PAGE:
The dopamine hypothesis of schizophrenia is classically used to explain the biochemical basis of the disease.[20,21] According to this hypothesis, positive symptoms arise from a condition of upregulated dopaminergic neural activity in the mesolimbic pathway, whereas negative symptoms and cognitive impairments may result from a dopamine deficit in the mesocortical pathway. Aberrant dopaminergic neurotransmission in thalamic subregions might be another mechanism underlying positive symptoms in schizophrenia.[22] Ideally, an antipsychotic agent should decrease dopaminergic hyperactivity in the mesolimbic system, while compensating for dopaminergic hypoactivity in cortical brain regions and not affecting brain regions that regulate extra- pyramidal movement and prolactin release.

In comparison with other antipsychotic agents, which act mainly as dopamine D2-receptor antagonists, aripiprazole is a partial agonist at D2 receptors.[23,24] Aripiprazole binds with high affinity to D2 receptors. Because of its partial agonist activity, aripiprazole reduces D2-receptor overstimulation in the presence of excessive release of dopamine, as happens during an acute psychotic phase.[25] Conversely, in brain areas with reduced dopamine, aripiprazole may enhance dopaminergic transmission. The partial D2-agonist activity of aripiprazole is combined with partial agonist activity at serotonin 5-HT1A receptors and antagonism at 5-HT2A receptors, and its affinity for other receptors is relatively low ( Table 1 ).[23,24] Such a binding profile should result in broad-spectrum atypical antipsychotic efficacy, including efficacy against negative symptoms, combined with anxiolytic and antidepressant activity, and a low risk of EPS and other dopamine, histamine and cholinergic antagonist-related adverse effects.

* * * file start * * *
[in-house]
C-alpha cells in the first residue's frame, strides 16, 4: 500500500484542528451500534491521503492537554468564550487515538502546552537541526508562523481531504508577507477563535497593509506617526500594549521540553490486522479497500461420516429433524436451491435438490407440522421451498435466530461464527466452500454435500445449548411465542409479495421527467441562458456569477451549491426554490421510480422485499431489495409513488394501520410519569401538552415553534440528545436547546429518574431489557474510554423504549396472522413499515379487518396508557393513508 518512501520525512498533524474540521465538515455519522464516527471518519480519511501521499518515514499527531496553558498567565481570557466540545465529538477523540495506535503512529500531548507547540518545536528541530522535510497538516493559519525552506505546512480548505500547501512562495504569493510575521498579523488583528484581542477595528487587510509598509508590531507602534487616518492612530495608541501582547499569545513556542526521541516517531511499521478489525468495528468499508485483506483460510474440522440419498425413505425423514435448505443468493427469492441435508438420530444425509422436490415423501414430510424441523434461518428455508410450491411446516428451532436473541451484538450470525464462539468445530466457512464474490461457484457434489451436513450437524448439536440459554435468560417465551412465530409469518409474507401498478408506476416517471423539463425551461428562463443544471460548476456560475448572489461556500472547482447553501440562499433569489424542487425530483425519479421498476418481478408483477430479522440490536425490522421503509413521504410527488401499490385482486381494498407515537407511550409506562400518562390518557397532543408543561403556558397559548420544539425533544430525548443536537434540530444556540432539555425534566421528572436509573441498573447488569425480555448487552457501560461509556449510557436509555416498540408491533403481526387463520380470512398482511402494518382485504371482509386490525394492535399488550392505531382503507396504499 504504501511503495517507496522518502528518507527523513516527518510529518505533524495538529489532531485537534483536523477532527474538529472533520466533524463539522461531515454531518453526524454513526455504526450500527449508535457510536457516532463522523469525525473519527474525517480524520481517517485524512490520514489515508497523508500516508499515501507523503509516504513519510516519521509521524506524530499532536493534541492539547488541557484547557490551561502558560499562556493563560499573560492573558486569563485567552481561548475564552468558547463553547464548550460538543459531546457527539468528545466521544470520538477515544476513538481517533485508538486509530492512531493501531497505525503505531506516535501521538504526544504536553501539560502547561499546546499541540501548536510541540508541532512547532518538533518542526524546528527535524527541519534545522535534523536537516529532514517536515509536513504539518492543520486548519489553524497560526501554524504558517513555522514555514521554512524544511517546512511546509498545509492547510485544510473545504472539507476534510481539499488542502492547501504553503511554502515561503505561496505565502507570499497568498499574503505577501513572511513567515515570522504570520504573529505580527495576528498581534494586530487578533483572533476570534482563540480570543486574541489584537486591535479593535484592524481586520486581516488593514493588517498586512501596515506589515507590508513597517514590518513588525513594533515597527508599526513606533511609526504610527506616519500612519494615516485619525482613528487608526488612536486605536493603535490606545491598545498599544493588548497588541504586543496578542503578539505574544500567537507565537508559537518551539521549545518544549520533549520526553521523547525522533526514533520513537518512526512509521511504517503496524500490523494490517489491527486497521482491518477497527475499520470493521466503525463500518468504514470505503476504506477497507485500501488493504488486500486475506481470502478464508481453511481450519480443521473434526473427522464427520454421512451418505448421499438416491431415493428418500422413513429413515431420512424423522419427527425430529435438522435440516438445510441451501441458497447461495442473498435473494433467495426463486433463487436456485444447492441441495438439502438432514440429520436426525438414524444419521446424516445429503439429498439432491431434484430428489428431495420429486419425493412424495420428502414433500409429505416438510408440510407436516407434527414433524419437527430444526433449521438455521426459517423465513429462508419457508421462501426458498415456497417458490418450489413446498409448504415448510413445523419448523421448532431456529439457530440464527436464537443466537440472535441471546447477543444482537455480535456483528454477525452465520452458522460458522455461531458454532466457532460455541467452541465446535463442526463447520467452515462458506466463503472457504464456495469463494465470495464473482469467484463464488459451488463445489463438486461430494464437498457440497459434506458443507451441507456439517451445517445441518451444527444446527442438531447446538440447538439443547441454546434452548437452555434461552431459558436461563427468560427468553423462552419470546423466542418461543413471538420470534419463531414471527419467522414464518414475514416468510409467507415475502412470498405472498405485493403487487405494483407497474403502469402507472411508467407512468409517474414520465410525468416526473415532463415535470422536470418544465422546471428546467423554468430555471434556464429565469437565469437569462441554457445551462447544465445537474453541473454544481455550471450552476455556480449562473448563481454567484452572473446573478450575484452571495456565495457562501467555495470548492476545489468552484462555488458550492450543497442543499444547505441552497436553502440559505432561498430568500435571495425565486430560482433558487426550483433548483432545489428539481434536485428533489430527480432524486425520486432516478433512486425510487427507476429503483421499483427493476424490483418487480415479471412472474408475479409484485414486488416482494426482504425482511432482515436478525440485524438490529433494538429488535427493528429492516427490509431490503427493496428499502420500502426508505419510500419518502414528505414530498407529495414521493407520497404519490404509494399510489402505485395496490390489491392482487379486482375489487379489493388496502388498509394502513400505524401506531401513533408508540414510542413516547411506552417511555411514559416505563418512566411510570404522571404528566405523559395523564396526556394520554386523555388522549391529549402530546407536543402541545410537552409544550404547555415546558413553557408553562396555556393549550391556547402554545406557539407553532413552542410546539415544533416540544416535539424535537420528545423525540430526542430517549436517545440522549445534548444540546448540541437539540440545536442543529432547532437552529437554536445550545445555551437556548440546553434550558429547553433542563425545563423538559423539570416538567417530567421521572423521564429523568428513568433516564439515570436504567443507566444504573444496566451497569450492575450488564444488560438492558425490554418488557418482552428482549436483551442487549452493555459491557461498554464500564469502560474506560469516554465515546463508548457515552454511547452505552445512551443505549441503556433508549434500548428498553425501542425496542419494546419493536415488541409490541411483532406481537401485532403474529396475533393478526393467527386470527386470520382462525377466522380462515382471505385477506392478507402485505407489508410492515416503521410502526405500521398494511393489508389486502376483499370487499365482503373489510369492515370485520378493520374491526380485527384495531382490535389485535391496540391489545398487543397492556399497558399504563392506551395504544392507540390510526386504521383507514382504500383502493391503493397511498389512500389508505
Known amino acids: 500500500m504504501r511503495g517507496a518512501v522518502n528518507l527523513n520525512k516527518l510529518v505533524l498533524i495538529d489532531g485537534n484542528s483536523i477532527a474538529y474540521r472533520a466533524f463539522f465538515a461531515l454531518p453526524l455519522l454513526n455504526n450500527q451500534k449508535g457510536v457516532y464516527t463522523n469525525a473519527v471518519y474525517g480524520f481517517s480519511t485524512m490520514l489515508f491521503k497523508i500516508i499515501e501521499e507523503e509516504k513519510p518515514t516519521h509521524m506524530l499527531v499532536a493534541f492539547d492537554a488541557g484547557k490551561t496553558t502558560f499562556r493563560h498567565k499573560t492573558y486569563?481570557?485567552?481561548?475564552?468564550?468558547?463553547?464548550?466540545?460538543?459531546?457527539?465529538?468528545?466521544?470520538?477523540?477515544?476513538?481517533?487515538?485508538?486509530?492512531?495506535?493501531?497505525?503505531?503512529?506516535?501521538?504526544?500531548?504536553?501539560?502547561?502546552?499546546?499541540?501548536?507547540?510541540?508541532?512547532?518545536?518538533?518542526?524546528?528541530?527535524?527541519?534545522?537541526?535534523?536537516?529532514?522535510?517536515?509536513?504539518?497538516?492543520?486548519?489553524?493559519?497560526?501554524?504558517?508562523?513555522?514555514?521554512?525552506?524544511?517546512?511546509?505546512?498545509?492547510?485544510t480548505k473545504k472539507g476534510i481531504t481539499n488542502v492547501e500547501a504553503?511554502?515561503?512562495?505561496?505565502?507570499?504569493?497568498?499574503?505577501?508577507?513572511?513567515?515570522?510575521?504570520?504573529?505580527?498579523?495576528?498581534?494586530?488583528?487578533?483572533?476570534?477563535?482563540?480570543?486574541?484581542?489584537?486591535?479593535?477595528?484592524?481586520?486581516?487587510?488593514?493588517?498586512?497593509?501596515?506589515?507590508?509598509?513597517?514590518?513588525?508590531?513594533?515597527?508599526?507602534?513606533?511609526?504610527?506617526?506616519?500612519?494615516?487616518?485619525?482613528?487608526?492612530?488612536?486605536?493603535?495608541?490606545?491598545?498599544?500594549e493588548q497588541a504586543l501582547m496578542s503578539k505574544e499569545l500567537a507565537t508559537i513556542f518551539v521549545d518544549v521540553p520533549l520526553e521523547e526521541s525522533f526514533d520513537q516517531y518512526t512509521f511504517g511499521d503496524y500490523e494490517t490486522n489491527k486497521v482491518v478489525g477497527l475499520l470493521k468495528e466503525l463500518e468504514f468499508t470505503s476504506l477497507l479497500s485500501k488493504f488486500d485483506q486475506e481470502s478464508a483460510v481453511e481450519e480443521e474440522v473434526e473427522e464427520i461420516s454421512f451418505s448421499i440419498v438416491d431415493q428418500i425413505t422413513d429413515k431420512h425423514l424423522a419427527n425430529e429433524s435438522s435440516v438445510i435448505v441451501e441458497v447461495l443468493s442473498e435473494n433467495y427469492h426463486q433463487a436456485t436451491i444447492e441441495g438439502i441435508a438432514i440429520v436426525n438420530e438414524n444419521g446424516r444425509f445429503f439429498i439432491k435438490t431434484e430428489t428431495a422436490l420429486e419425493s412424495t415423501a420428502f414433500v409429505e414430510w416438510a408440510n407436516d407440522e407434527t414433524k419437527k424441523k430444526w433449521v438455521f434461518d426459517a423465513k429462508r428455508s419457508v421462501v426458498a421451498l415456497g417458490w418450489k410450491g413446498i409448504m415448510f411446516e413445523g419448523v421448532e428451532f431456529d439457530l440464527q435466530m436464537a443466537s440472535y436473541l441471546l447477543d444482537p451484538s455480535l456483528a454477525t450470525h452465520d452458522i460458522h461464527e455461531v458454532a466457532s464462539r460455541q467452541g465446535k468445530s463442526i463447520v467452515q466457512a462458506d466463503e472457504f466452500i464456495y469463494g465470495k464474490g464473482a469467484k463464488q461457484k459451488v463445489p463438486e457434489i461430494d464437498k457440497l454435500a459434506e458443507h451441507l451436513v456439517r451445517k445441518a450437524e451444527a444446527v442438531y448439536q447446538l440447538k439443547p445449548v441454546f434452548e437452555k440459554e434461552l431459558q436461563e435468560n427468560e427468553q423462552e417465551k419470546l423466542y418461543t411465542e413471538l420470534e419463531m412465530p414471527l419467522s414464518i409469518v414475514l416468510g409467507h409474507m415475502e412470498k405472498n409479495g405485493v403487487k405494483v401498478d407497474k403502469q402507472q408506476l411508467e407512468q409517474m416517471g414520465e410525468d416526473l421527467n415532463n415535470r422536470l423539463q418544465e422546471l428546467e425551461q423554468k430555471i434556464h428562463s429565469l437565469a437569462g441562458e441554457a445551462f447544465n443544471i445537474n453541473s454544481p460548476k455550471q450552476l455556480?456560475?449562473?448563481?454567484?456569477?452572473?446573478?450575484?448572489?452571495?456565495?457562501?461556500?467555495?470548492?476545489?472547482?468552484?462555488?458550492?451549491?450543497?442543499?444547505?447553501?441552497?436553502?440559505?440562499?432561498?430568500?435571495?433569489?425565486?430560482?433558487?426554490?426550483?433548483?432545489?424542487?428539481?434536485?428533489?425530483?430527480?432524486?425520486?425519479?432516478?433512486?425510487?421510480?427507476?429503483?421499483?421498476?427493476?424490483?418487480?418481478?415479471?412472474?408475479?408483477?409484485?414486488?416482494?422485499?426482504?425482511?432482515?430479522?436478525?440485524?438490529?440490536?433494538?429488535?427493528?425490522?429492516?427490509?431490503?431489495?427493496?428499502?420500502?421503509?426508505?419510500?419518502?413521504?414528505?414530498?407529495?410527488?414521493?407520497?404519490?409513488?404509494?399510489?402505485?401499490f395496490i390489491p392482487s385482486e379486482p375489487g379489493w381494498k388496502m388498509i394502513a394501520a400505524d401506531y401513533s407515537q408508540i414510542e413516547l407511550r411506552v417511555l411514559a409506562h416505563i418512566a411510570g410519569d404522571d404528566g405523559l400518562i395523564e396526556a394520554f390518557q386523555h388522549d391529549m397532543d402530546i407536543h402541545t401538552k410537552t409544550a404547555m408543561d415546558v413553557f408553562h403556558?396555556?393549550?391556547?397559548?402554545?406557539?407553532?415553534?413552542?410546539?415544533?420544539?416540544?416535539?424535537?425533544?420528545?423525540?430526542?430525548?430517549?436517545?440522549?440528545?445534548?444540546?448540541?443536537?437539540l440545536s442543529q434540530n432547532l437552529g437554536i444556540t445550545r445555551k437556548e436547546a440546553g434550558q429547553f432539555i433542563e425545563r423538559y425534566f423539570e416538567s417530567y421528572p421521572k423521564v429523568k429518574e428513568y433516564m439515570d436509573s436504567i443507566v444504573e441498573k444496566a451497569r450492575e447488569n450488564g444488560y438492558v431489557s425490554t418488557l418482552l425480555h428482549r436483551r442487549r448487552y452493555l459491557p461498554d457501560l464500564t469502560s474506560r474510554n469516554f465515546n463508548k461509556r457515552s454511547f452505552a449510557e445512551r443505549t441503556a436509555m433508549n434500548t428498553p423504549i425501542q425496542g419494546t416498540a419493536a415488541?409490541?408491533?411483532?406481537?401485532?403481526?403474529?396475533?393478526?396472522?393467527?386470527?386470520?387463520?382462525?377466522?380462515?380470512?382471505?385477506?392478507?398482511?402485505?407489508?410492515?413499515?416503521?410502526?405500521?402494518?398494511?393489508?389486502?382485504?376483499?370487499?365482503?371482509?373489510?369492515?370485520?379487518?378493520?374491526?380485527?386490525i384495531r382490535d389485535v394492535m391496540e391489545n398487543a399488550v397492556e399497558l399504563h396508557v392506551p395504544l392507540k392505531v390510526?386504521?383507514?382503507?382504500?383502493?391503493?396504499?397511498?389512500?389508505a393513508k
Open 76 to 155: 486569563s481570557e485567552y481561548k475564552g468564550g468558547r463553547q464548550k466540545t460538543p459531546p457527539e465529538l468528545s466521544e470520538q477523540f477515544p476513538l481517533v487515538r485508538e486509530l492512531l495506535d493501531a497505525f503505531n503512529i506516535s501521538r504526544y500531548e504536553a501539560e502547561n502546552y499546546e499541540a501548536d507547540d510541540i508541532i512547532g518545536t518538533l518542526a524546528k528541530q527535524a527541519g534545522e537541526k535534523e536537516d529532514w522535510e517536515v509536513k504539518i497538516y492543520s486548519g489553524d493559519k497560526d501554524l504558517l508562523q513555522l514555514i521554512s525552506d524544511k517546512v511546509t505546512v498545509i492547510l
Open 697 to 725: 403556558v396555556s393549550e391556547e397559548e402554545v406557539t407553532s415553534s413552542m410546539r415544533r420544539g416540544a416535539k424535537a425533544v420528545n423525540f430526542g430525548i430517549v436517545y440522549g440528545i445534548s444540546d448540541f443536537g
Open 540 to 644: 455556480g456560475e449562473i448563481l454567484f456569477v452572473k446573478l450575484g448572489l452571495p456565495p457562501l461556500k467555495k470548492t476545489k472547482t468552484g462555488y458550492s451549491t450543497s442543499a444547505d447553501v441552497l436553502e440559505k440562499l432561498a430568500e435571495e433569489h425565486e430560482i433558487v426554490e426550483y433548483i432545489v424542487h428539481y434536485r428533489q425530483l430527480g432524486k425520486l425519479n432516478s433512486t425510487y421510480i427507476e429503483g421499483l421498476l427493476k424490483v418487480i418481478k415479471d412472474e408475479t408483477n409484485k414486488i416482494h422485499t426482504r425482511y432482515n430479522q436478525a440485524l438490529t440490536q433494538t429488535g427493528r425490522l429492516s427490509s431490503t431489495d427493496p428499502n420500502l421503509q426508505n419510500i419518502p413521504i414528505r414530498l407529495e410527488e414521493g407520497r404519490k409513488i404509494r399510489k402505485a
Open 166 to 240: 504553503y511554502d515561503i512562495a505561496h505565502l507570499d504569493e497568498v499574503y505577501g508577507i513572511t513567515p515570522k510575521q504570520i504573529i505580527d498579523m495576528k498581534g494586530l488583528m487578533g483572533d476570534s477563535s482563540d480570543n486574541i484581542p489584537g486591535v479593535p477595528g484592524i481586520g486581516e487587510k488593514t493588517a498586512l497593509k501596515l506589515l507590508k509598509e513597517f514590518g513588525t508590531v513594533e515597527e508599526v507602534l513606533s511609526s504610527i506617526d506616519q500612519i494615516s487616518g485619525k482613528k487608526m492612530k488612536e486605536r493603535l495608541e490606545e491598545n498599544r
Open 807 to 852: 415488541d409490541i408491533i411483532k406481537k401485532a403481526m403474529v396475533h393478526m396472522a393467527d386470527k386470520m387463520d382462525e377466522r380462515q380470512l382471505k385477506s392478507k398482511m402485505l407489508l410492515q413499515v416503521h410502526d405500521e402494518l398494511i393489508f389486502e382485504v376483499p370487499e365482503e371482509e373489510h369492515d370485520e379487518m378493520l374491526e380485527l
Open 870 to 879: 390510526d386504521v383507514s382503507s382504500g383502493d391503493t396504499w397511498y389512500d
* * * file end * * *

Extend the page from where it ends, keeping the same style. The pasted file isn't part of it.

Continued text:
Aripiprazole, which is recommended as an appropriate first-line atypical antipsychotic agent for the treatment of schizophrenia by a US Expert Consensus survey,[26] provides clinicians with another treatment option for their patients. In 2005, a consensus document was developed to outline the best practice for appropriate use of this agent in the UK.[27] Further to this, on 13 October 2005, seven schizophrenia experts working in Italy and the US participated in an expert consensus meeting sponsored and funded by Bristol-Myers Squibb that aimed to agree on a set of guidelines for best-practice use of aripiprazole in the acute and long-term management of schizophrenia in Italy. This report describes the outcome of the meeting.